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It’s Not Fairy Dust: Unleashing the Potential of American Manufacturing Requires Understanding of Underlying Fundamentals

With the first primaries only weeks away, the Presidential campaign season is in full swing. As candidates continue to trade barbs on a broad variety of issues (and non-issues), the American electorate remains most concerned about the state of the U.S. economy.

A “renaissance” in manufacturing has helped create jobs in a post-recession economy. However, as Harry Moser, founder of the Reshoring Initiative, points out in a recent piece for Industry Week, several reports show that manufacturing is “still on shaky ground.”

In this environment, policy makers and candidates should focus on creating framework that is conducive to unleashing the potential of American manufacturing.  Specifically, Moser’s recommendation for government to reduce the regulatory burden hampering America’s manufacturers will sound familiar to ARPN followers:

“One immediate step Washington can take to support American manufacturers is to reform the permitting process for U.S. minerals and metals mines. As the literal building blocks of manufacturing, and with demand for minerals expected to rise in the coming years, it’s no small wonder that 91 percent of manufacturing executives are concerned about the availability of minerals and metals and supply disruptions outside of their control.

The current U.S. mine permitting process — which can take the better part of a decade to complete — prevents these manufacturers from reaping the benefits of an estimated $6.2 trillion worth of domestic minerals and metals. Despite the U.S. being one of the largest mineral repositories in the world, manufacturers are more than 50 percent dependent on imports for 43 key minerals.”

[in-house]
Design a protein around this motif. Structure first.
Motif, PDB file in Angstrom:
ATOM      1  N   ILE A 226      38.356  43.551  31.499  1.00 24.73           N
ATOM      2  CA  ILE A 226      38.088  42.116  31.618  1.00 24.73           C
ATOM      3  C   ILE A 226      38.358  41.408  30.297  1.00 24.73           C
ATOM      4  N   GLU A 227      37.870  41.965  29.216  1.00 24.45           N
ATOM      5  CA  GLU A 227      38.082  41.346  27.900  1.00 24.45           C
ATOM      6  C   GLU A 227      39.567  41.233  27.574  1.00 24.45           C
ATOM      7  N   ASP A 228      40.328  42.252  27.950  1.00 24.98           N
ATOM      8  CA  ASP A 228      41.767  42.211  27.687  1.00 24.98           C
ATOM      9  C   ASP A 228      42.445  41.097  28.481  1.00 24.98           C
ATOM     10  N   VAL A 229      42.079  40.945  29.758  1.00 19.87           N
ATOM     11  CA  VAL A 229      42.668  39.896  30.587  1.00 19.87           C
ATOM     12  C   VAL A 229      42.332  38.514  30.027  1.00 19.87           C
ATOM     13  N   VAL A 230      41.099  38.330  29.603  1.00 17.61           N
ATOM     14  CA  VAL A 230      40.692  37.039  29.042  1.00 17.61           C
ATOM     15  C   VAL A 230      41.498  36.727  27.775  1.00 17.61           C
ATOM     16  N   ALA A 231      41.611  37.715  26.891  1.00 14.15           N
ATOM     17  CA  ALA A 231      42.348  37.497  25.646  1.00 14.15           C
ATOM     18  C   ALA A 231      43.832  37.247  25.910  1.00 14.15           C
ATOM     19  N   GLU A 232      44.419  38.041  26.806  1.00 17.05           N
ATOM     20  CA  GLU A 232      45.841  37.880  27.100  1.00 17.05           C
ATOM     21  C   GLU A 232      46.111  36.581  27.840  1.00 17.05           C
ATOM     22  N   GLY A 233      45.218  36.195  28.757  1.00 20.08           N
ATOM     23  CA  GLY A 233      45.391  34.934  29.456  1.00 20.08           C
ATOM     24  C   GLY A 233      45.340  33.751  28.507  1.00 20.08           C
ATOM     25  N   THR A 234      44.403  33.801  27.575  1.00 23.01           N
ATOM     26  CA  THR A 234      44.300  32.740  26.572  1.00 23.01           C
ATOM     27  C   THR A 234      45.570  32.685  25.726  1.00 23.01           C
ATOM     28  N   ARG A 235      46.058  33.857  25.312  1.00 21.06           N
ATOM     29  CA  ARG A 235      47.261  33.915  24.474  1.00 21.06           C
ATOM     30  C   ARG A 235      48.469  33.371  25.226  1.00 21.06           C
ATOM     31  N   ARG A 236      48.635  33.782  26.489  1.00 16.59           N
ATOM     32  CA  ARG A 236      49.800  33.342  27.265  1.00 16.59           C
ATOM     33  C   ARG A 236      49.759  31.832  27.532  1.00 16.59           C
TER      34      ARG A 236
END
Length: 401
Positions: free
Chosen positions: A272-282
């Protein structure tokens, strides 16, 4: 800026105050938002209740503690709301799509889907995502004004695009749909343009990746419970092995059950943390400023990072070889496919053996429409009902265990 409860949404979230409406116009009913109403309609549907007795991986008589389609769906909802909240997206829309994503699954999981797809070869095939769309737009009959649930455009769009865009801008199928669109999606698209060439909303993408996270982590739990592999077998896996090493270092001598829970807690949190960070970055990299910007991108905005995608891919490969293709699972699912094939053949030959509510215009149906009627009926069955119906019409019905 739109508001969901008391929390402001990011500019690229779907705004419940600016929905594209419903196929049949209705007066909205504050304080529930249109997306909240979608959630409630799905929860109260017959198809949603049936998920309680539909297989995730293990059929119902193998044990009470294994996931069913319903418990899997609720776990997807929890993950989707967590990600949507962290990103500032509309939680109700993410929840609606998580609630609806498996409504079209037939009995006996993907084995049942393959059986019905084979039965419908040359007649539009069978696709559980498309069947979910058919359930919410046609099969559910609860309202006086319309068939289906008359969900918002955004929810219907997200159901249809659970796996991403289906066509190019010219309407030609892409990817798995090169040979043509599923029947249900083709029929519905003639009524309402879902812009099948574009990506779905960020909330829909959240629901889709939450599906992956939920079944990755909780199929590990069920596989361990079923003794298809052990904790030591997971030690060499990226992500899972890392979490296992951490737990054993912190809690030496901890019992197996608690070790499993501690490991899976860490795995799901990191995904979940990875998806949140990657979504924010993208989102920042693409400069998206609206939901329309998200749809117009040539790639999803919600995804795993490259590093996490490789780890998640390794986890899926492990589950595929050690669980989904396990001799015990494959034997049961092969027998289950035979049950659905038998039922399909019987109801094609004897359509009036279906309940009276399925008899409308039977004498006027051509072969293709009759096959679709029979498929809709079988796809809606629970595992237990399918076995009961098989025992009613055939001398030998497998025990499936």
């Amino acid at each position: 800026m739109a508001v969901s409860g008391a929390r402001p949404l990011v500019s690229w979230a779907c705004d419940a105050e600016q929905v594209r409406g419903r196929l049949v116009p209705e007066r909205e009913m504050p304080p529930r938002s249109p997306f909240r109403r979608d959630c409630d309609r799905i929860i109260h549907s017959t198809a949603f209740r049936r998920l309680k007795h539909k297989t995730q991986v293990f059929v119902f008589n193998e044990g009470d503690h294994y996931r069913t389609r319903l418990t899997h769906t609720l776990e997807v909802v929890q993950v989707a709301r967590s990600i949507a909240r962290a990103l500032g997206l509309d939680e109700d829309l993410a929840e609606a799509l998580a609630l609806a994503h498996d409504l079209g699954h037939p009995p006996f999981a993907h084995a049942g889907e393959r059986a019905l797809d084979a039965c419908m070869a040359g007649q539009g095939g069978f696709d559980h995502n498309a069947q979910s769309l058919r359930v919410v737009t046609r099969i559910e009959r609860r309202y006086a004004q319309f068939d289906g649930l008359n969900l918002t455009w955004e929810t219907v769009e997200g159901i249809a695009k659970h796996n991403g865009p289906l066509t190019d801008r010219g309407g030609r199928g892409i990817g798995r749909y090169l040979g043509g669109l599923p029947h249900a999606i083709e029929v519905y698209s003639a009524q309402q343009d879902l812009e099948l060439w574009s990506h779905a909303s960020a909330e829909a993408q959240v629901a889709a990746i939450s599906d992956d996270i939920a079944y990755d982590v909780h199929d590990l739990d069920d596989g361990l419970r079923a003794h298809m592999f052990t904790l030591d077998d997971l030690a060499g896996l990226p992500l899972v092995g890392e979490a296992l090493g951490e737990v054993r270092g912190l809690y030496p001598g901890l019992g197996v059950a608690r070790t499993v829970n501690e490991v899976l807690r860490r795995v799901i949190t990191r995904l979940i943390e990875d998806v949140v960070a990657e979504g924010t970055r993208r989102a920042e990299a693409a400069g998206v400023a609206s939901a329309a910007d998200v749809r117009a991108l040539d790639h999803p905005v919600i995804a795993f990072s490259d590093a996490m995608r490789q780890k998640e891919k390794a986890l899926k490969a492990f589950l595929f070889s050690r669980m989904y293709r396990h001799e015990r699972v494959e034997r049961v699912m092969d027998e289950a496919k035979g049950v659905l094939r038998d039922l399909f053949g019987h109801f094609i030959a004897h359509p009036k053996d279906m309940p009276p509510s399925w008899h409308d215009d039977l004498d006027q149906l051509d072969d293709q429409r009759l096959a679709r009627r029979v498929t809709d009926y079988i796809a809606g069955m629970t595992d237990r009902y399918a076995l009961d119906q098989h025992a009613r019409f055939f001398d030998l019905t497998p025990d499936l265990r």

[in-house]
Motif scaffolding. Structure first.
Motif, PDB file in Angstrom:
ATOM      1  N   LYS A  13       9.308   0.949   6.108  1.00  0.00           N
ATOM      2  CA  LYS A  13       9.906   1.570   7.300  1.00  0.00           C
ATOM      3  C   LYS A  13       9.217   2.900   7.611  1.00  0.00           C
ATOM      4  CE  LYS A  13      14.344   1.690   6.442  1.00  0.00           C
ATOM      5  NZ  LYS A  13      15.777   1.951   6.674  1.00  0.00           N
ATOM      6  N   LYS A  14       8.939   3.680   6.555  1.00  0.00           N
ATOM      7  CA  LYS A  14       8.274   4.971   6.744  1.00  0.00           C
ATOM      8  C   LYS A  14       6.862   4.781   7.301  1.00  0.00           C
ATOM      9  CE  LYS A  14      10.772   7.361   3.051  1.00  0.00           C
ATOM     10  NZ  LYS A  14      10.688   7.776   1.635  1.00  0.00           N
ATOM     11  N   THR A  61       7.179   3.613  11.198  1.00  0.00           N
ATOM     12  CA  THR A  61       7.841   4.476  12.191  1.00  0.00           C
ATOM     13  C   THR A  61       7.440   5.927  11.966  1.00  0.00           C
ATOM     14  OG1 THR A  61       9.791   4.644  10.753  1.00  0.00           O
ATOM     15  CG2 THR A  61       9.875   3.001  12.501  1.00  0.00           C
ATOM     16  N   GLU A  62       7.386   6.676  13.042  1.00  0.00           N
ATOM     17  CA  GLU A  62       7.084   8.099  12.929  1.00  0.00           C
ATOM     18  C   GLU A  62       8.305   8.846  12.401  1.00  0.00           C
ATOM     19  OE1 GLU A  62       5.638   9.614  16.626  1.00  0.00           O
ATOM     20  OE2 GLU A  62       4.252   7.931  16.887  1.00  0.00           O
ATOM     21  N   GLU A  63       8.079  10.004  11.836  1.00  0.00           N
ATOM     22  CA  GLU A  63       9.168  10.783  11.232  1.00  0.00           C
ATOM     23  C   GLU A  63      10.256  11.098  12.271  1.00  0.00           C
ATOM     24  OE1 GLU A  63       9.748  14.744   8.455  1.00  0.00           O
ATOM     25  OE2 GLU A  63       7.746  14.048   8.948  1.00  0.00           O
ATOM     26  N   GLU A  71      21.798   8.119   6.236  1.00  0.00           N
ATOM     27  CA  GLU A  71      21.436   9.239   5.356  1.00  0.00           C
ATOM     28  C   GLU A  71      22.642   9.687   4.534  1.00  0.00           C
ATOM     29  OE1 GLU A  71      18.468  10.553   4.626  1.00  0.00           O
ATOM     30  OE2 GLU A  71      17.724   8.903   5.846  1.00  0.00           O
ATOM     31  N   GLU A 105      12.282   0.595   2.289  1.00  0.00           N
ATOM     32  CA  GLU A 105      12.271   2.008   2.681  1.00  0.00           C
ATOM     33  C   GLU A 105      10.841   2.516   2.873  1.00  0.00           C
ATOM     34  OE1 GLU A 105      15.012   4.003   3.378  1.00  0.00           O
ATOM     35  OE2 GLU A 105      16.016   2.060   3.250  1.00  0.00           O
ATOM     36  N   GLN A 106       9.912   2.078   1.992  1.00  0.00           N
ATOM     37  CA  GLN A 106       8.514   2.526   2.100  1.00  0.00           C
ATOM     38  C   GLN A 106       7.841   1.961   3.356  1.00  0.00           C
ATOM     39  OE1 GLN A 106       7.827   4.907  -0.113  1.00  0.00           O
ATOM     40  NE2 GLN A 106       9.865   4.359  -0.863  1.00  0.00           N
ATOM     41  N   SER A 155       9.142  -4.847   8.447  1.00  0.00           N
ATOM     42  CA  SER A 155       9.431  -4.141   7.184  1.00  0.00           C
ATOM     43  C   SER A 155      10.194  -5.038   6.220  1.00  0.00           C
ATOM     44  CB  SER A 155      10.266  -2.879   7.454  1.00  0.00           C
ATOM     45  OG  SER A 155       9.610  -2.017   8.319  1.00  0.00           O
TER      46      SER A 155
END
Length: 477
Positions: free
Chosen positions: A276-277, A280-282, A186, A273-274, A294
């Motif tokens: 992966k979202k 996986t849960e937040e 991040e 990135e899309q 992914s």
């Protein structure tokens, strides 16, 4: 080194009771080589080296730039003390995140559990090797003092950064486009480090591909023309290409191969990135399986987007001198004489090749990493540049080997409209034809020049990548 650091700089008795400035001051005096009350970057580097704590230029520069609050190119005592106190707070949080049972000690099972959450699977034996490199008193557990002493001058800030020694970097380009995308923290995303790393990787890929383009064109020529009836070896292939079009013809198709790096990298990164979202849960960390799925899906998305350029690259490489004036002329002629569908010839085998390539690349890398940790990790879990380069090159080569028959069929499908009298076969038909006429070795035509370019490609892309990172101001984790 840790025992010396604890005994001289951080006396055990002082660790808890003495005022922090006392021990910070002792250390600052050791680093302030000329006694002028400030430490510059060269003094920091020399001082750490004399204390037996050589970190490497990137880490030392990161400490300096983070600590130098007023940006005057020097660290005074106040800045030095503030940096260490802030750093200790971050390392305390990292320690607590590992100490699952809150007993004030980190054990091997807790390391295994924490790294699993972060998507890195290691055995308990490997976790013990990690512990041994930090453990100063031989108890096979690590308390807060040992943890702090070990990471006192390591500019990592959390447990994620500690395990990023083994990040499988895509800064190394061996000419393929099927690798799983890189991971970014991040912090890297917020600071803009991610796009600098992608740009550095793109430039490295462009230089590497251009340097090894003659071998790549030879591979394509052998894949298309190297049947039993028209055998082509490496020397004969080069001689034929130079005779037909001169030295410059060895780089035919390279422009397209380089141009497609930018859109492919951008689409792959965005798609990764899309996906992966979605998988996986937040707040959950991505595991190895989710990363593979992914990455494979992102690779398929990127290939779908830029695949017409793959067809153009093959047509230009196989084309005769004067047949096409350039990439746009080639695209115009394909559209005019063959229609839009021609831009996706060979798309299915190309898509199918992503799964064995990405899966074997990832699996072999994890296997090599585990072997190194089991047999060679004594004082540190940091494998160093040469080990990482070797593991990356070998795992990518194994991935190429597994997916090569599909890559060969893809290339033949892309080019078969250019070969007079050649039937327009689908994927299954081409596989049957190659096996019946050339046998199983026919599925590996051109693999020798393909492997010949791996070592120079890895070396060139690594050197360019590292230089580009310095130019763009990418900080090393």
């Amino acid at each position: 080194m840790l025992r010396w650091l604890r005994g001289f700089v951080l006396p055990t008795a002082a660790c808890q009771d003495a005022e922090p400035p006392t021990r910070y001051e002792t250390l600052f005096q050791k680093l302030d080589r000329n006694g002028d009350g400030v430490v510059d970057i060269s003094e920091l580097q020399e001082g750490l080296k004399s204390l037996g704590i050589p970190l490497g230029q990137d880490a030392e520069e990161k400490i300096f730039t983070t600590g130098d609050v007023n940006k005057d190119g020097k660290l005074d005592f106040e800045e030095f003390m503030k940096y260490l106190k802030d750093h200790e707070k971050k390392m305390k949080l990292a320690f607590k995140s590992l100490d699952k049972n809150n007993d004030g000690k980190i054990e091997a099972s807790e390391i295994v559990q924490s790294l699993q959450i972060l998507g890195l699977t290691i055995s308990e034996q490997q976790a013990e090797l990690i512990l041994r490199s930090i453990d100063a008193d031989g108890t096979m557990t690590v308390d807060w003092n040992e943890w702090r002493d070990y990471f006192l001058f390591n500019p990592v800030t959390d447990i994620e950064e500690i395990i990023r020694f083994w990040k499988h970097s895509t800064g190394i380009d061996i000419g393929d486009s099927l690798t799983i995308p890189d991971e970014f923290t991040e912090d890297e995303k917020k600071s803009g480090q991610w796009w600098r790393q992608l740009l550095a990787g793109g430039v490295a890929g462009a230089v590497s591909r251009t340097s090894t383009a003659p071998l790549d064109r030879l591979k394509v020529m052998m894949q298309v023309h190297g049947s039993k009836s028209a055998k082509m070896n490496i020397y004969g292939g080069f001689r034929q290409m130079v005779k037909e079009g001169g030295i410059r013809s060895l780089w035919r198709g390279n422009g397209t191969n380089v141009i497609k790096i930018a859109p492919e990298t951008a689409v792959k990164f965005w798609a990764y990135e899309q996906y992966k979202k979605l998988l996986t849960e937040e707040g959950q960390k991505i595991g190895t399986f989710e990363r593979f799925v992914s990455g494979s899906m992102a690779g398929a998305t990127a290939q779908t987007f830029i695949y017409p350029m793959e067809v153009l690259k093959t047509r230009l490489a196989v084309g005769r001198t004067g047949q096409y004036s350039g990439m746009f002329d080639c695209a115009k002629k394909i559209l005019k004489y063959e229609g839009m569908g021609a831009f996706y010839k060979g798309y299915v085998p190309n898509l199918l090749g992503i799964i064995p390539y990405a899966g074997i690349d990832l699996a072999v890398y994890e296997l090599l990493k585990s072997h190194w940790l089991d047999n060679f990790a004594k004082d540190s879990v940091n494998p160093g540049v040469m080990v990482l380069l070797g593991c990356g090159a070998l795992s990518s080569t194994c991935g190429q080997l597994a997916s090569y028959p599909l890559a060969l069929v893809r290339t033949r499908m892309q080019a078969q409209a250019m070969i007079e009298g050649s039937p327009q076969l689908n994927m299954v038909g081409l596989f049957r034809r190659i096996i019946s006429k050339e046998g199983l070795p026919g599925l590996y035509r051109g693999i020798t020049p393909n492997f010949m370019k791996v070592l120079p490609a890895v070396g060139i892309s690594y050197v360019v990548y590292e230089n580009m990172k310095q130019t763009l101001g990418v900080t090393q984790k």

Indeed, overhauling the United States’ onerous permitting system for mining projects would be a critical step in the right direction, as demonstrated by a recent study commissioned by the National Mining Association.  However, legislation to address this issue has not made it out of Congress in recent years. Perhaps, as ARPN principal Daniel McGroarty and Karr McCurdy, CEO of mining advisory firm Behre Dolbear pointed out in a piece for Forbes last year, there needs to be a greater awareness of an often ignored fundamental:

“But as a precursor to sound policy, the nation needs a change in mind-set: It’s time to remind ourselves that life as we know it is made possible by the inventive use of metals and minerals. Smart phones, the Cloud, the Internet: These things may seem to work by magic, but quite often the backbone of high-tech is mineral and metal, not fairy dust. Failure to mine what we can here in the U.S. simply perpetuates dangerous dependencies on nations that may not wish us well.

Responsible development of domestic mineral resources should be a policy priority. Our ability to grow our economy, revive American industry, and safeguard our national security – depends upon it.”



  • Jeff Dalto

    Beyond the issue of a change in regulations (which may or may not happen but is certainly beyond the control of any average citizen), another way to make mining more profitable and efficient is training.

    I work with a lot of mines, and a lot of the employee training is minimal, particularly beyond MSHA-mandated safety training. That’s not true at all mines, of course, and it’s more true at smaller mines than larger ones (and/or at mines owned by larger companies). But it’s still something many companies can improve.

    The link below focuses on MSHA-mandated safety training, but the tools discussed could be used for any kind of training at a mine site: